• Metacam (meloxicam)
  • Previcox (firocoxib)

These medications are available as a caplet, chewable tablets, or injectables. They are all used to treat pain and inflammation caused by osteoarthritis. They may be prescribed individually or as part of a combination treatment.

The side effects of NSAIDs include drowsiness, GI distress, bleeding, and ulcers. If your dog is taking the medication long-term, it’s recommended to check his liver and kidney function by doing blood tests regularly.

How can I reduce inflammation in my dog naturally?

Many veterinarians recommend natural supplements as an alternative to Galliprant or other NSAIDs.

Here are some of the most popular products:

Curcumin

Curcumin is an anti-inflammatory compound that has been used for thousands of years in Ayurvedic medicine as a treatment for arthritis and other inflammatory conditions. To reduce inflammation naturally, you can add Curcumin supplement to their food or give them capsules once a day with meals until they’re better.

Glucosamine and chondroitin sulfate

Glucosamine is a compound that occurs naturally in the body and helps with joint pain. When taken orally, it works by building up cartilage within the joints. Chondroitin sulfate is another type of supplement that’s thought to work in much the same way as glucosamine but with added benefits.

Omega 3 fatty acids

Omega 3 fatty acids are essential for your dog’s health because they’re involved in the cell membrane, which is important for brain function, heart health, and overall skin and coat health. They also promote healthy blood vessels and help prevent inflammation by reducing oxidative stress from free radicals (which can damage cells).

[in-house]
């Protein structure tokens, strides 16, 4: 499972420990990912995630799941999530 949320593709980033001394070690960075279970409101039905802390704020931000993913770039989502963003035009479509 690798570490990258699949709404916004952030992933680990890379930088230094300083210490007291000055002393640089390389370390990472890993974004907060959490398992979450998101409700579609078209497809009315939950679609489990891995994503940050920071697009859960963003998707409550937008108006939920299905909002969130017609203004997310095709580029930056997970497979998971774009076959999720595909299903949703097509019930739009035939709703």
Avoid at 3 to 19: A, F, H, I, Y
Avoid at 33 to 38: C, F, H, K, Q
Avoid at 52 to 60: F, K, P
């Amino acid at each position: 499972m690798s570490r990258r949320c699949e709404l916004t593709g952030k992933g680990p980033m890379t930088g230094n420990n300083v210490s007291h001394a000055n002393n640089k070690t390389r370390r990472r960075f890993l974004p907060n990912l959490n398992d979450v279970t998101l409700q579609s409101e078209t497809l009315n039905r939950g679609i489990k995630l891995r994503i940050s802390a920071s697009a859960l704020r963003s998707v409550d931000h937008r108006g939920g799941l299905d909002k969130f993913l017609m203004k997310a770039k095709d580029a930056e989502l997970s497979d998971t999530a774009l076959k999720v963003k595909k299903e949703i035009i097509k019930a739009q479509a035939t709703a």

Omega 3s are found in many different foods and supplements including sardines, salmon, trout, flaxseed oil, and hemp seed oil. If you’re not able to provide your dog with these types of foods or supplements on a daily basis then talk to your vet about getting your dog some fish oil capsules or flaxseed oil capsules.

It’s also important that they get enough vitamin E, as it helps with the absorption of these nutrients into the body.

Boswellia

Boswellia extract is an Ayurvedic herb that has been used for thousands of years to reduce inflammation and promote healing. It’s also known as Indian Frankincense, which is why it’s often called the “queen of herbs.”

In a study, researchers found that extracts of Boswellia serrata can suppress pro-inflammatory cytokines. In addition, it reduced pain in dogs with arthritis without causing any significant side effects.

CBD products

Today, there are many CBD products available for pets. These include CBD oils, gummy bears, chews, and even dog treats. They can be used as an alternative to traditional pain medications for animals suffering from arthritis pain or other joint conditions.

NOTE: There are several options available on the market to help with inflammation, which is common in dogs with arthritis and other joint disorders. However, you should use these supplements with caution and consult a veterinarian before giving them to your pet.

Conclusion of dosing dogs with Galliprant

The safety of Galliprant for dogs with osteoarthritis is well established. The drug is approved by the FDA and has been used to treat this condition since 2016. It has been shown to be effective in treating painful joints, and it is generally well tolerated.

The biggest advantage of Galliprant is that it can be given orally, which means that there is no need to give the dog any injections. In addition, this drug has a very low risk of side effects compared to other drugs used for dogs with arthritis.

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Hannah Elizabeth is an English animal behavior author, having written for several online publications. With a degree in Animal Behaviour and over a decade of practical animal husbandry experience, Hannah's articles cover everything from pet care to wildlife conservation. When she isn't creating content for blog posts, Hannah enjoys long walks with her Rottweiler cross Senna, reading fantasy novels and breeding aquarium shrimp.